Fortia $30 **1/2- Robert Parker rated this wine in the low ninety point range on release, and then lowered his opinion to 75 points retasting it a couple years ago from magnum.  Parker rates wines 75 points? Chateauneuf du Pape?  Maybe he had a bad bottle.  For some folks like Richard Auffrey from the Passionate Foodieit was their favorite wine.  I can see how Parker would be disappointed though.  It does not pack anything resembling walloping rich fruit.  Red brick in color, menthol and sweet/medicinal cough drop aromas preceded a nicely balanced and more elegant styled wine.  A touch of bitterness made me less enthusiastic about it than some, but nothing provided any insight into what Parker was tasting for him to reach such a low opinion.

Clos du Mont Olivet ***1/2 – The group voted this as the least favorite aside from the fully oxidized St. Benoit.  I give it more props than that. From my point of view, the wine is riveting.  Dark in color, lovely earthiness, smoke, licorice, and bright raspberry sweetness flows from the glass.  The mouthfeel is more gorgeously supple and round than any other in this flight.  This bottle is alive and full of perkiness and it has managed to age with preserved balance and increased harmony.

Domaine St. Benoit Grande Garde – Oxidized.

The flight left a few of us wanting more, mainly because the styles of these wines were so distinctly different but obviously related.  We wanted more producers showing off their land and style renditions to see how a wider range of 1998 Chateauneuf du Papes progressed in bottles and cellars over time. The evolutions from restrained youth to expressive mature wines with myriad nuance was remarkable. We wanted more, more, and more.   Instead of more, we moved on to younger versions of French Grenache and Mourvedre from places other than Chateauneuf du Pape, which you can read about next week.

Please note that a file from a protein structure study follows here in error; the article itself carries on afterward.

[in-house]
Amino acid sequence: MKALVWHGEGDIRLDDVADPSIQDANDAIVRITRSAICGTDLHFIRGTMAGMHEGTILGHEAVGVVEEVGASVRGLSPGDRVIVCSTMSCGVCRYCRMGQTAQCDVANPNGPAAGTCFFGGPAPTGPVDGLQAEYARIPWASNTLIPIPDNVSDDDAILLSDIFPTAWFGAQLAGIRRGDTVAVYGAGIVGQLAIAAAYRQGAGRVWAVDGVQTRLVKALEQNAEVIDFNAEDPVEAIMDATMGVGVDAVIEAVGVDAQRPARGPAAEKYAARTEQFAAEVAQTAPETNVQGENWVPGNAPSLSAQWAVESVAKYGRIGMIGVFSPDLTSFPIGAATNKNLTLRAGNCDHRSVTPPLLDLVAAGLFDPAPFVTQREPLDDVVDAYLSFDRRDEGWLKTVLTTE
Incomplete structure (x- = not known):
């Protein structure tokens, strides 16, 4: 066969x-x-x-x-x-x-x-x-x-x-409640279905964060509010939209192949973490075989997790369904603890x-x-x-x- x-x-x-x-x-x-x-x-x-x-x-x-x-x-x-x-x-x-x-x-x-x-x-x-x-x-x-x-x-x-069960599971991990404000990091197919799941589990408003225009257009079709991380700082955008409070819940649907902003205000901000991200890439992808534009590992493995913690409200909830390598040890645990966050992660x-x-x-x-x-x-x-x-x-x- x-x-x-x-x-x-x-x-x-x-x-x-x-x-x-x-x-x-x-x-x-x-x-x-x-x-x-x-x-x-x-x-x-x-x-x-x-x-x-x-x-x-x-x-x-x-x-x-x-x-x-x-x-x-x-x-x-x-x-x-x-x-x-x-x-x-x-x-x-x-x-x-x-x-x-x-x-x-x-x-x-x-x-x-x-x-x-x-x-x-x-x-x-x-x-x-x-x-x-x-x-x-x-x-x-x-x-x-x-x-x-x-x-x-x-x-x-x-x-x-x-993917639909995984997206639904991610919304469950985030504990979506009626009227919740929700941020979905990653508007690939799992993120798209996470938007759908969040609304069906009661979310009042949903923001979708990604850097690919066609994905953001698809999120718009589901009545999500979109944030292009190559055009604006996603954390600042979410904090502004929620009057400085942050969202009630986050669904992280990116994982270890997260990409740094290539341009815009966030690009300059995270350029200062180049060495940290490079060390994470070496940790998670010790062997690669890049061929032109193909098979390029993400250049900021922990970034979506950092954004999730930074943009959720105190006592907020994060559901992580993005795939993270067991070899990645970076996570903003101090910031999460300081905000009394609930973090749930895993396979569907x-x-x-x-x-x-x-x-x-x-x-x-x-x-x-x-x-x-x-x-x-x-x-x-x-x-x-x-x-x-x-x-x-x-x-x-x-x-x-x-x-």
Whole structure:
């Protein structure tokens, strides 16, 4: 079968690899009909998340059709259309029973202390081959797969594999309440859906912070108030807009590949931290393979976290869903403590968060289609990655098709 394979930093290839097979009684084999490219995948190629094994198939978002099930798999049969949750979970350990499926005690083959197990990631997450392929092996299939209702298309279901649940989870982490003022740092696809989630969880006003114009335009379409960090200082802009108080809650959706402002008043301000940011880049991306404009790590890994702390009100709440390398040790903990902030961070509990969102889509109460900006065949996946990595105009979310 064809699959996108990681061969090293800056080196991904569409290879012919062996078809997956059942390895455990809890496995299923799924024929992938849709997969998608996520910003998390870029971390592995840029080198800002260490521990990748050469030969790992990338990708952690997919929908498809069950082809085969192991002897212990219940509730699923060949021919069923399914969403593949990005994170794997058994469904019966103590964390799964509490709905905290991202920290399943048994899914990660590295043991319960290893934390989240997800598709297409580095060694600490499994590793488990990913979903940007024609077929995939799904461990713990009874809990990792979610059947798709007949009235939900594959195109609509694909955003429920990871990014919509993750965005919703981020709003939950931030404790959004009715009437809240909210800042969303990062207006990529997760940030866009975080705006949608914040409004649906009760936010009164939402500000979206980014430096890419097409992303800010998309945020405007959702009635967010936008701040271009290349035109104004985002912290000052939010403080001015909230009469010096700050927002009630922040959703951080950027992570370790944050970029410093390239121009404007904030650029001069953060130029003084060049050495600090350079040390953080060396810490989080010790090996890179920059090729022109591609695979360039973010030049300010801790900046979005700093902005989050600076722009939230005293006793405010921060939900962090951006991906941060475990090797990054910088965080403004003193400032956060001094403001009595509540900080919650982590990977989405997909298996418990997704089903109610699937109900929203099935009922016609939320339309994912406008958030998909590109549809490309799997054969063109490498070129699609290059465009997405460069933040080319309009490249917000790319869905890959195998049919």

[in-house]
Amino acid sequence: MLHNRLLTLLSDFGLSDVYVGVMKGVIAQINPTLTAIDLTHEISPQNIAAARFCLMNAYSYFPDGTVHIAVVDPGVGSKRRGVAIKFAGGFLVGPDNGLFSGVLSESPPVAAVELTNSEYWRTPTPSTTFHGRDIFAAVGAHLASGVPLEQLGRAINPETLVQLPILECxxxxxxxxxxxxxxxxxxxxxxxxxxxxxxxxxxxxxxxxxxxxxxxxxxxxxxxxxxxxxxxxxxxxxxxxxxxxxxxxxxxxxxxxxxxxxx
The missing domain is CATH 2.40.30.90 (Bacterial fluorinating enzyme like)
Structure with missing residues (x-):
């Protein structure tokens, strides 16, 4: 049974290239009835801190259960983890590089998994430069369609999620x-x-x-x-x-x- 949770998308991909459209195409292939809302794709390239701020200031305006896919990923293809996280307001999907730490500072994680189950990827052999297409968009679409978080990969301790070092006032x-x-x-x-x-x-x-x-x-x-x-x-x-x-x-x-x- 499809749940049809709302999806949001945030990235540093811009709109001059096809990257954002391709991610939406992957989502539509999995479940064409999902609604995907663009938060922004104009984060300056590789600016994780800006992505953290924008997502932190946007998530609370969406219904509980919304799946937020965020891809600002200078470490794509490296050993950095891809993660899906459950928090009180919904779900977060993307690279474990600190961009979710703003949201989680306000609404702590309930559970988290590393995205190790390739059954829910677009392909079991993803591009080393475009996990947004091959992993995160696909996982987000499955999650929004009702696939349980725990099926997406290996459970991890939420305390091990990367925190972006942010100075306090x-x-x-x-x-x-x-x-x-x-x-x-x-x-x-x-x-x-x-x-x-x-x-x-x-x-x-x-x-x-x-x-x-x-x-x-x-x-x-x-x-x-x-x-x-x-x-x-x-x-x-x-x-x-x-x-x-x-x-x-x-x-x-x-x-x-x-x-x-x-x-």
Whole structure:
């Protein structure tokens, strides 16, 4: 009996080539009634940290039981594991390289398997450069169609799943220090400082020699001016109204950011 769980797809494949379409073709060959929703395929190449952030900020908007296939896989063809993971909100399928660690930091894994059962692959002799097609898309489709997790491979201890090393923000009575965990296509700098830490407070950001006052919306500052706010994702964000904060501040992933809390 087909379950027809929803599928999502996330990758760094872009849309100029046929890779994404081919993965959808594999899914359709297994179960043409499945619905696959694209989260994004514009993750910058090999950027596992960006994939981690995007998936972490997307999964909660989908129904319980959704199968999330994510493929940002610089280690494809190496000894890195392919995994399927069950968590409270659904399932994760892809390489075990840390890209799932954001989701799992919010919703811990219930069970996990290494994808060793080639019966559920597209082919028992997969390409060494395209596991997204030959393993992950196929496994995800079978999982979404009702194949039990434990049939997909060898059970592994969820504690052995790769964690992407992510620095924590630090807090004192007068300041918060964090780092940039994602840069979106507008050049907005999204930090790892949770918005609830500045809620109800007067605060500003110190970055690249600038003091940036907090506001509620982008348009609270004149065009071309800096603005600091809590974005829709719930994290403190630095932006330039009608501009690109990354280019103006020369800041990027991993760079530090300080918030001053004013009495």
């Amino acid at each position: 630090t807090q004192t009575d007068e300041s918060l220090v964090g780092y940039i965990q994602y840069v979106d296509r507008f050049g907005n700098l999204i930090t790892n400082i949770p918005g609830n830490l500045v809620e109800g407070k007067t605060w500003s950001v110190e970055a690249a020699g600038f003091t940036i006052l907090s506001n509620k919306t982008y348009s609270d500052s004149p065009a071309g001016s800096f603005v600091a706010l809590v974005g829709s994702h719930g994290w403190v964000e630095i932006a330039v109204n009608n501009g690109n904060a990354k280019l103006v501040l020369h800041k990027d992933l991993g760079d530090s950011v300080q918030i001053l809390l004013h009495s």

• Brad Smith

    Nice write-up. I absolutely loved the 1998 CDPs. I still have Gardine, Chapoutier Bernardine and Janasse Chaupin. The last time I opened these, they were fabulous but the Gardine was just over the hill and could be gone by. I think 1998 was the last vintage in CDP in which the traditional style dominated, the style I prefer. Call the Brett a defect, call it terroir, I don’t care as long as it’s in the right portion.

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  • Jason Phelps

    This was another hugely instructive tasting for me. I don’t typically drink wines with more than 10 years of age so a whole flight from 1998 of any style is exciting for me. I also don’t have a lot of experience with CDP so I couldn’t really have any expectations.

    My takeaway is that for my palate I would drink CDP at about 7-8 years old. I would like more balance of the youthful and aged components and I suspect that in good vintages I would find that there.

    I’ll respond to the consideration of place on the newest post.


  • awjapko

    Brad, I concur on the style. For example, the 2007s are so ripe and full, they hide the character I like about these wines. Maybe that will change over time….who knows. Ditto, Brett is exotic and alluring at the appropriate levels.

  • awjapko

    Jason, I get that. A little more ooomph to go along with the funky character